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In alignment and out of alignment

Alternative forms[edit]


French alignement, by surface analysis, align +‎ -ment.



alignment (countable and uncountable, plural alignments)

  1. An arrangement of items in a line.
  2. The process of adjusting a mechanism such that its parts are aligned; the condition of having its parts so adjusted.
  3. An alliance of factions.
  4. (artificial intelligence) The goals and values of an artificial intelligence, considered relative to human ethical standards.
    • 2022 December 13, Melanie Mitchell, “What Does It Mean to Align AI With Human Values?”, in Quanta Magazine[1], New York, N.Y.: Simons Foundation, →ISSN, →OCLC, archived from the original on 2023-03-15:
      It turns out that there’s little overlap between the communities concerned primarily with such short-term risks and those who worry more about longer-term alignment risks.
    • 2023 February 16, Karen Weise, “Microsoft Considers More Limits for Its New A.I. Chatbot”, in The New York Times[2], New York, N.Y.: The New York Times Company, →ISSN, →OCLC, archived from the original on 2023-03-22:
      The issue of chatbot responses that veer into strange territory is widely known among researchers. In an interview last week, Sam Altman, the chief executive of OpenAI, said improving what's known as "alignment" — how the responses safely reflect a user's will — was "one of these must-solve problems."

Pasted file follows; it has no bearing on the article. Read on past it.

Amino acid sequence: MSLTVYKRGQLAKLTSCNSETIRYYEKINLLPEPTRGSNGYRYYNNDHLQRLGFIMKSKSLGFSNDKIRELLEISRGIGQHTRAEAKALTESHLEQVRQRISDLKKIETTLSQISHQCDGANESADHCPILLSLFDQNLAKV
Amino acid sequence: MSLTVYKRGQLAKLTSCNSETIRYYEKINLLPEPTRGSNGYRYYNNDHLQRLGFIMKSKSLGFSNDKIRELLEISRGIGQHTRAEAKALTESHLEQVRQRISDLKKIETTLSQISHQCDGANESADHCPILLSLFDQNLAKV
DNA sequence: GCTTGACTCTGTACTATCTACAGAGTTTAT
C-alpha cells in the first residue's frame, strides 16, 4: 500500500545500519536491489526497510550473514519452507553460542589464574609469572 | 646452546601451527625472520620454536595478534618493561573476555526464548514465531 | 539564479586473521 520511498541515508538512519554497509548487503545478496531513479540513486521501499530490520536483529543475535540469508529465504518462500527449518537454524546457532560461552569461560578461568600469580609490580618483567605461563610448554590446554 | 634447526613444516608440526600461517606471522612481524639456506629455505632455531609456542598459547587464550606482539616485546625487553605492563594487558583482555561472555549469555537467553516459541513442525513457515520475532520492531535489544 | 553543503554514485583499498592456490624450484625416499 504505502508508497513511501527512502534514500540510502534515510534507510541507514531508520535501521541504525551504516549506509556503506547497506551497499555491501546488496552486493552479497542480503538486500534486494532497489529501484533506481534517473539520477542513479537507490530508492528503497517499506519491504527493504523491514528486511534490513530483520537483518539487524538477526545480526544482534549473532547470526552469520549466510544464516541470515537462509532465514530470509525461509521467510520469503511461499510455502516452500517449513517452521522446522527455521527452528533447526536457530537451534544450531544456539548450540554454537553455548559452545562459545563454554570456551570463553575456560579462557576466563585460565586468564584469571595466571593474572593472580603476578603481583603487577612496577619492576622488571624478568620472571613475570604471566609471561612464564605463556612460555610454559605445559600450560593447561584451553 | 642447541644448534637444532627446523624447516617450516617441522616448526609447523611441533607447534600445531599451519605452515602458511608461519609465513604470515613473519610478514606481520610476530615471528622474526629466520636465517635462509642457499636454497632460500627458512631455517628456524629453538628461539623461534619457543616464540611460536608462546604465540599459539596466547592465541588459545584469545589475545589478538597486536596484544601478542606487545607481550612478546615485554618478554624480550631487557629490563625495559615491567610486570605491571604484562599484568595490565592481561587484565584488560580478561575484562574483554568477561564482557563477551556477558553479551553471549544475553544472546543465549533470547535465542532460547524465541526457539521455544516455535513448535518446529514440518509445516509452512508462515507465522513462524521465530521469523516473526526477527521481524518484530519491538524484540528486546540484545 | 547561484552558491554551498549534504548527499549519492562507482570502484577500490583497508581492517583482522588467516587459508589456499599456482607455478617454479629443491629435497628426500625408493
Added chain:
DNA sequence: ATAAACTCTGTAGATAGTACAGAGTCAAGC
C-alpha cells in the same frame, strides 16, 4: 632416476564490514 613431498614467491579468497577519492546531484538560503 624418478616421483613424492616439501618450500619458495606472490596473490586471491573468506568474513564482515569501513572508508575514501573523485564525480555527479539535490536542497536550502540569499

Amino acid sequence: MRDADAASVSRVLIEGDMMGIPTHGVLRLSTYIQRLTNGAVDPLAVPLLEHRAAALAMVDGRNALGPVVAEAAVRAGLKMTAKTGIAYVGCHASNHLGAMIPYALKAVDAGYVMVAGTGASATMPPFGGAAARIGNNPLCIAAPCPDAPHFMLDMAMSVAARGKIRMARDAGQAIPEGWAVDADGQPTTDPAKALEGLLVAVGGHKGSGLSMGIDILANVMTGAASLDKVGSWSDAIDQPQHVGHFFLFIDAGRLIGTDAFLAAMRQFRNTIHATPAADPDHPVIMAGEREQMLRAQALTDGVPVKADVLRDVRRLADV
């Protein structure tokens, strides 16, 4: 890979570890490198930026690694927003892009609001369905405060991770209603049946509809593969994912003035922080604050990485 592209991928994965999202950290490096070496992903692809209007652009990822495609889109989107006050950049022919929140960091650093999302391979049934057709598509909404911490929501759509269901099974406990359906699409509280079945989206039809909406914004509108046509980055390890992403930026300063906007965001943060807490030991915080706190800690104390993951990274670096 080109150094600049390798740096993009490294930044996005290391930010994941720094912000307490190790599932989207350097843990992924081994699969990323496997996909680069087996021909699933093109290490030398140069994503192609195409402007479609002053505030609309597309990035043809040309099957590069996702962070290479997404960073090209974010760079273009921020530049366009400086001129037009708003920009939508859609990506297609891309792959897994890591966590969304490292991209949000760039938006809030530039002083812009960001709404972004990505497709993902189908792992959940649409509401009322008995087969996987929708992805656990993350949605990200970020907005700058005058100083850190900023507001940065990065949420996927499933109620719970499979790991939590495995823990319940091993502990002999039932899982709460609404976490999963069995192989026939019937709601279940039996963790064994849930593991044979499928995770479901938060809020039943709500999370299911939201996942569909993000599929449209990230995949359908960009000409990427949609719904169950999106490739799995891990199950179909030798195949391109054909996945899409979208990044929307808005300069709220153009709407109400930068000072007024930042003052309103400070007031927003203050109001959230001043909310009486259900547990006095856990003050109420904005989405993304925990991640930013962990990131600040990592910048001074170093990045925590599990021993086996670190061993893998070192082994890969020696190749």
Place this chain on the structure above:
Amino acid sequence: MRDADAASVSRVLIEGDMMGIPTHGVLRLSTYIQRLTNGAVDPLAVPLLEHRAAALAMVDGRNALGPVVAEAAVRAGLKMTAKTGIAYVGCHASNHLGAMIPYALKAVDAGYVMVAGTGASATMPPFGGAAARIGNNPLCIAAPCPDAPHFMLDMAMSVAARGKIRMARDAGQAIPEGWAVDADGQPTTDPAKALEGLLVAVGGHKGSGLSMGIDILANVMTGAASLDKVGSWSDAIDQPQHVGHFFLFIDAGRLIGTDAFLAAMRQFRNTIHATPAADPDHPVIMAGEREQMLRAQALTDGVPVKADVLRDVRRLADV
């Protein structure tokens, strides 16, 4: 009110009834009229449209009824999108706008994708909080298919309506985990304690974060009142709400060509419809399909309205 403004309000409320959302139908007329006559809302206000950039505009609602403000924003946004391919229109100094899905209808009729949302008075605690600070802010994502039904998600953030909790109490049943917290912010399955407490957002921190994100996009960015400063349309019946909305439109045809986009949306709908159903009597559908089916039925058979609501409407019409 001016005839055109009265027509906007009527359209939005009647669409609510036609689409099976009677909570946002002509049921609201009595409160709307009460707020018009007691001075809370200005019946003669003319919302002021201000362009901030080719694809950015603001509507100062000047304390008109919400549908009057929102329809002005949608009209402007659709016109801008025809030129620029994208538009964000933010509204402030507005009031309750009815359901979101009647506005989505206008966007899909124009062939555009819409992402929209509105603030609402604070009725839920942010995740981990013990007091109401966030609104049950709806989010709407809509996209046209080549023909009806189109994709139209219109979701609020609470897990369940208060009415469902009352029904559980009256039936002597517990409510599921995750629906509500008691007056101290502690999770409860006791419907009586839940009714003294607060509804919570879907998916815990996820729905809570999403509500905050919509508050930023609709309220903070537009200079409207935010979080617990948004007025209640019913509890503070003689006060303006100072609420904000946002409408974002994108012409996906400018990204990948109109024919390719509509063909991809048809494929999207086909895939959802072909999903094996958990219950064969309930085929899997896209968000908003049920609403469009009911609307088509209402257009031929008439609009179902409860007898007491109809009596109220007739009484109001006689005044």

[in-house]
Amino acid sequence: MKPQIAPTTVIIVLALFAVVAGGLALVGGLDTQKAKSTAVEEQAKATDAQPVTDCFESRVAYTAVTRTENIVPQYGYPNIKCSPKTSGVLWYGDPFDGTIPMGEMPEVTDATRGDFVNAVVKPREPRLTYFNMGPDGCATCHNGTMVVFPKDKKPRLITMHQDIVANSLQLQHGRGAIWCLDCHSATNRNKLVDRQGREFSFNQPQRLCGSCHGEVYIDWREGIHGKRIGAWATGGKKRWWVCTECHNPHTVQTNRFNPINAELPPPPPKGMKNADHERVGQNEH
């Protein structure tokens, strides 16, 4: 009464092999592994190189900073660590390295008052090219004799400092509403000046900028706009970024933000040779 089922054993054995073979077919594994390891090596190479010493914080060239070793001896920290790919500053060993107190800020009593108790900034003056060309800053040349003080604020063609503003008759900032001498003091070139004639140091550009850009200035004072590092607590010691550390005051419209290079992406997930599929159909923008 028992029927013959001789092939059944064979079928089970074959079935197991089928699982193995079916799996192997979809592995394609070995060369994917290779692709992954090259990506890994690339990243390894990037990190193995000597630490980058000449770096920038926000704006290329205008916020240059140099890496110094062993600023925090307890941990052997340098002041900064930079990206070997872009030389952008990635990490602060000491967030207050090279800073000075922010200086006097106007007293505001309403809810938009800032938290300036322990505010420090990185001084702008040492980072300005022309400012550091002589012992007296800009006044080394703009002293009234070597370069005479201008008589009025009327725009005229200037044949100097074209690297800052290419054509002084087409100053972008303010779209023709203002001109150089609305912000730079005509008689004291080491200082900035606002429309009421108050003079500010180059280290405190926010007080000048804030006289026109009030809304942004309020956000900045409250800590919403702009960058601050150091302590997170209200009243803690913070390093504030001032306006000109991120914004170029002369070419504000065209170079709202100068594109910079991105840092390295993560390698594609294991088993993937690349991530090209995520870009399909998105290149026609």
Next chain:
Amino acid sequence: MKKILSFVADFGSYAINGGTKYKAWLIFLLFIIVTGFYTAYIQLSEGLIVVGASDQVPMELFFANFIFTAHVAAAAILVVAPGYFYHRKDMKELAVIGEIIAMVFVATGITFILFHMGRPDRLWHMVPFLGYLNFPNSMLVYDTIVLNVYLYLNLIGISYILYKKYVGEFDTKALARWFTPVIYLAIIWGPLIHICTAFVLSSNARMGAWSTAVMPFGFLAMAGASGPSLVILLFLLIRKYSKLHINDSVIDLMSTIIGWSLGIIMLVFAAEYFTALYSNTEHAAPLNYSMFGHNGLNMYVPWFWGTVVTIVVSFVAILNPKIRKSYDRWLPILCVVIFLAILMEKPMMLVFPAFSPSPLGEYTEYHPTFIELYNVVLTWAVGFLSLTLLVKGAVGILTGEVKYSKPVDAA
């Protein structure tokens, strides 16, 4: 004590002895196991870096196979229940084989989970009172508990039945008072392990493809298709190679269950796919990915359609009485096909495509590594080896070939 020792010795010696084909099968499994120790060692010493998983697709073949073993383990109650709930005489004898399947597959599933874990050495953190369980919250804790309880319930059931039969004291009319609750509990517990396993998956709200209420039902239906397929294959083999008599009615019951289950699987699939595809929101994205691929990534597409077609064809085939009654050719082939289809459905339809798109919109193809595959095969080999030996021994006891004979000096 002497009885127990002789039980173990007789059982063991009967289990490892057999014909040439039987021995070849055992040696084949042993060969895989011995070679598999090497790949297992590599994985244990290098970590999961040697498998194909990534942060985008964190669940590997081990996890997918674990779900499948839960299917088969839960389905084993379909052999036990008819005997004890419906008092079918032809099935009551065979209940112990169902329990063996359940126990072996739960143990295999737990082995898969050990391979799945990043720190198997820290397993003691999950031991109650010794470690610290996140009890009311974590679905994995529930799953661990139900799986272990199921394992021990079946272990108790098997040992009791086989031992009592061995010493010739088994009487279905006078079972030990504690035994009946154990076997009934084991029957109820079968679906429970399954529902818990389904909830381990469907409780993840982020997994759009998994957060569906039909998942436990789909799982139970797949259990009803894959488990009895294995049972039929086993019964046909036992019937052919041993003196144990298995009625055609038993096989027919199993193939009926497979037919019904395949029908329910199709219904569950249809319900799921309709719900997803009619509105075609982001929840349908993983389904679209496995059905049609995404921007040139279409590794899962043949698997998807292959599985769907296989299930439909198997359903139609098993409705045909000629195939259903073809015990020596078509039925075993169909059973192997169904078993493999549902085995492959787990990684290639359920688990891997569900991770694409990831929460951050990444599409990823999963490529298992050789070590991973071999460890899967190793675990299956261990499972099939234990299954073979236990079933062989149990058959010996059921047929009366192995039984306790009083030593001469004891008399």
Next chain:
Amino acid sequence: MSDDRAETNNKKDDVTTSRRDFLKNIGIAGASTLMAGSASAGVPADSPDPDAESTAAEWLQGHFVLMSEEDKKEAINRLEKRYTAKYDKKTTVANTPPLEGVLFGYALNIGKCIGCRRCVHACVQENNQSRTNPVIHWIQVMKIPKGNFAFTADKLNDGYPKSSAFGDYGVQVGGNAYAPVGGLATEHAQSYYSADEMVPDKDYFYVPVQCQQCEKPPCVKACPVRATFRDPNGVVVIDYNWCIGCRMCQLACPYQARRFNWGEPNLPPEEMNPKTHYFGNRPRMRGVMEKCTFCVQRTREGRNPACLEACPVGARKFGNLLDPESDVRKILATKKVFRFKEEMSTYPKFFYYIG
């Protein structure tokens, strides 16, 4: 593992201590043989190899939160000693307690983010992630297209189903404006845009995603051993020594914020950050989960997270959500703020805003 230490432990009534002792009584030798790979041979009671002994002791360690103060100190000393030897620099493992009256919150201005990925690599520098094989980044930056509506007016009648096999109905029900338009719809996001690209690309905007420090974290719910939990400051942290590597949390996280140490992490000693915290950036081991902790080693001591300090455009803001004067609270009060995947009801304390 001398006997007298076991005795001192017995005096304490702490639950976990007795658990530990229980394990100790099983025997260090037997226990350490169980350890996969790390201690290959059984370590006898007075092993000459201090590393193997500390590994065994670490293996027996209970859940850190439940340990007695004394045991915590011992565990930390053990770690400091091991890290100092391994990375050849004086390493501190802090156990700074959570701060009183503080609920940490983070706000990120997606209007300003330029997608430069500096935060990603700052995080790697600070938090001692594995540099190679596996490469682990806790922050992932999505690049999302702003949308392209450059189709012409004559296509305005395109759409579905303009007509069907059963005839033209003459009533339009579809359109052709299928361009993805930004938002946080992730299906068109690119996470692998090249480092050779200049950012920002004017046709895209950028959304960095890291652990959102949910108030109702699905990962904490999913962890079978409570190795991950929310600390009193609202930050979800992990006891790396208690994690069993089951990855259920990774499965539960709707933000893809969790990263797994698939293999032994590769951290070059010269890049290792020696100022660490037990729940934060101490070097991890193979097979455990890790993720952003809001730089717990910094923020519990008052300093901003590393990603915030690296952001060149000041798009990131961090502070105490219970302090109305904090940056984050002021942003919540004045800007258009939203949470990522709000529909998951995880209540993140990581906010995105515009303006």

• 2023 February 17, Billy Perrigo, “The New AI-Powered Bing Is Threatening Users. That's No Laughing Matter”, in Time[3], New York, N.Y.: Time Inc., →ISSN, →OCLC, archived from the original on 27 February 2023:
      But many in the field are concerned that Big Tech companies are sidelining alignment research efforts in the race to keep building and releasing the technology into the world.
  5. (roleplaying games) One of a set number of moral positions or philosophies a character can take.
  6. (astronomy) The conjunction of two celestial objects.
  7. (transport) The precise route or course taken by a linear way (road, railway, footpath, etc.) between two points.
  8. (bioinformatics) A way of arranging DNA, RNA or protein sequences in order to identify regions of similarity.

Derived terms[edit]


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